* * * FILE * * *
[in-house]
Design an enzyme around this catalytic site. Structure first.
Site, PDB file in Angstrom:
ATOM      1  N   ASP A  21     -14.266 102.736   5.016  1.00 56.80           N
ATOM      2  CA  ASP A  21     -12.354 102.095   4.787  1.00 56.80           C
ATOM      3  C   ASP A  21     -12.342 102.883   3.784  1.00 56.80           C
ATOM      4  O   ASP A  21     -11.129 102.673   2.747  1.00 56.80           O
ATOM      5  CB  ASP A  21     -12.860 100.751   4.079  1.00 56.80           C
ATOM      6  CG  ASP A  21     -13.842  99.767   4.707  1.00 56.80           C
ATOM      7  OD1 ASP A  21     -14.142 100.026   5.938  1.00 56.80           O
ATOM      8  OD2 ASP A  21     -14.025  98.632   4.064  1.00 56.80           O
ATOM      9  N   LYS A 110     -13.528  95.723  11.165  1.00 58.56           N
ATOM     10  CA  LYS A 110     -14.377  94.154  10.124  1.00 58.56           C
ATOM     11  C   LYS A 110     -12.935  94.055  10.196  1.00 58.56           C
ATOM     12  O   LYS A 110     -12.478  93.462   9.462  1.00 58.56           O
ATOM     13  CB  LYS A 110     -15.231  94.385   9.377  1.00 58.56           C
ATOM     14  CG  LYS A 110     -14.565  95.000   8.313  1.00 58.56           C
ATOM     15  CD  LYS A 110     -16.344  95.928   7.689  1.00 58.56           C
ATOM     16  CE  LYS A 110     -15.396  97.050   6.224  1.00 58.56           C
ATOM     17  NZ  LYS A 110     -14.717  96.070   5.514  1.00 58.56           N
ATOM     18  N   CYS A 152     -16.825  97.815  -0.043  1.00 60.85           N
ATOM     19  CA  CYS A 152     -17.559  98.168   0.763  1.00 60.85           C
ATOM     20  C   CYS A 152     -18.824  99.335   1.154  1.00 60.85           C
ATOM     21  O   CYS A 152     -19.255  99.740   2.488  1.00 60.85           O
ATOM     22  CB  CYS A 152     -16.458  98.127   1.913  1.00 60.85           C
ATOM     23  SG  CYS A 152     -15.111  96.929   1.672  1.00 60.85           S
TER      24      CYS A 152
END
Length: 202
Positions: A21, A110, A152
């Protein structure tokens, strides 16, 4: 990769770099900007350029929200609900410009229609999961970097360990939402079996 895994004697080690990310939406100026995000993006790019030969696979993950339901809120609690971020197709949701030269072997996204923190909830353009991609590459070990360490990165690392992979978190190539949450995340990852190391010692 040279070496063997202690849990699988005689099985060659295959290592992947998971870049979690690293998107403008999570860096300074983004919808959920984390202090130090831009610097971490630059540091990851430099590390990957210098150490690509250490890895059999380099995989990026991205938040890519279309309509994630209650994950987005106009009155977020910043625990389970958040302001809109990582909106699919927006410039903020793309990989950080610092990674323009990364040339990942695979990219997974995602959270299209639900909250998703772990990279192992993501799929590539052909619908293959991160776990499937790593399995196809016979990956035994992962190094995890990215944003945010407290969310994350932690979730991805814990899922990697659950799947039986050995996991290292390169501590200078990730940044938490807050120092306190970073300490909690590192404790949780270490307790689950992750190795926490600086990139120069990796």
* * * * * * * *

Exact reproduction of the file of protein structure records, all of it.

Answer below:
[in-house]
Design an enzyme around this catalytic site. Structure first.
Site, PDB file in Angstrom:
ATOM      1  N   ASP A  21     -14.266 102.736   5.016  1.00 56.80           N
ATOM      2  CA  ASP A  21     -12.354 102.095   4.787  1.00 56.80           C
ATOM      3  C   ASP A  21     -12.342 102.883   3.784  1.00 56.80           C
ATOM      4  O   ASP A  21     -11.129 102.673   2.747  1.00 56.80           O
ATOM      5  CB  ASP A  21     -12.860 100.751   4.079  1.00 56.80           C
ATOM      6  CG  ASP A  21     -13.842  99.767   4.707  1.00 56.80           C
ATOM      7  OD1 ASP A  21     -14.142 100.026   5.938  1.00 56.80           O
ATOM      8  OD2 ASP A  21     -14.025  98.632   4.064  1.00 56.80           O
ATOM      9  N   LYS A 110     -13.528  95.723  11.165  1.00 58.56           N
ATOM     10  CA  LYS A 110     -14.377  94.154  10.124  1.00 58.56           C
ATOM     11  C   LYS A 110     -12.935  94.055  10.196  1.00 58.56           C
ATOM     12  O   LYS A 110     -12.478  93.462   9.462  1.00 58.56           O
ATOM     13  CB  LYS A 110     -15.231  94.385   9.377  1.00 58.56           C
ATOM     14  CG  LYS A 110     -14.565  95.000   8.313  1.00 58.56           C
ATOM     15  CD  LYS A 110     -16.344  95.928   7.689  1.00 58.56           C
ATOM     16  CE  LYS A 110     -15.396  97.050   6.224  1.00 58.56           C
ATOM     17  NZ  LYS A 110     -14.717  96.070   5.514  1.00 58.56           N
ATOM     18  N   CYS A 152     -16.825  97.815  -0.043  1.00 60.85           N
ATOM     19  CA  CYS A 152     -17.559  98.168   0.763  1.00 60.85           C
ATOM     20  C   CYS A 152     -18.824  99.335   1.154  1.00 60.85           C
ATOM     21  O   CYS A 152     -19.255  99.740   2.488  1.00 60.85           O
ATOM     22  CB  CYS A 152     -16.458  98.127   1.913  1.00 60.85           C
ATOM     23  SG  CYS A 152     -15.111  96.929   1.672  1.00 60.85           S
TER      24      CYS A 152
END
Length: 202
Positions: A21, A110, A152
């Protein structure tokens, strides 16, 4: 990769770099900007350029929200609900410009229609999961970097360990939402079996 895994004697080690990310939406100026995000993006790019030969696979993950339901809120609690971020197709949701030269072997996204923190909830353009991609590459070990360490990165690392992979978190190539949450995340990852190391010692 040279070496063997202690849990699988005689099985060659295959290592992947998971870049979690690293998107403008999570860096300074983004919808959920984390202090130090831009610097971490630059540091990851430099590390990957210098150490690509250490890895059999380099995989990026991205938040890519279309309509994630209650994950987005106009009155977020910043625990389970958040302001809109990582909106699919927006410039903020793309990989950080610092990674323009990364040339990942695979990219997974995602959270299209639900909250998703772990990279192992993501799929590539052909619908293959991160776990499937790593399995196809016979990956035994992962190094995890990215944003945010407290969310994350932690979730991805814990899922990697659950799947039986050995996991290292390169501590200078990730940044938490807050120092306190970073300490909690590192404790949780270490307790689950992750190795926490600086990139120069990796």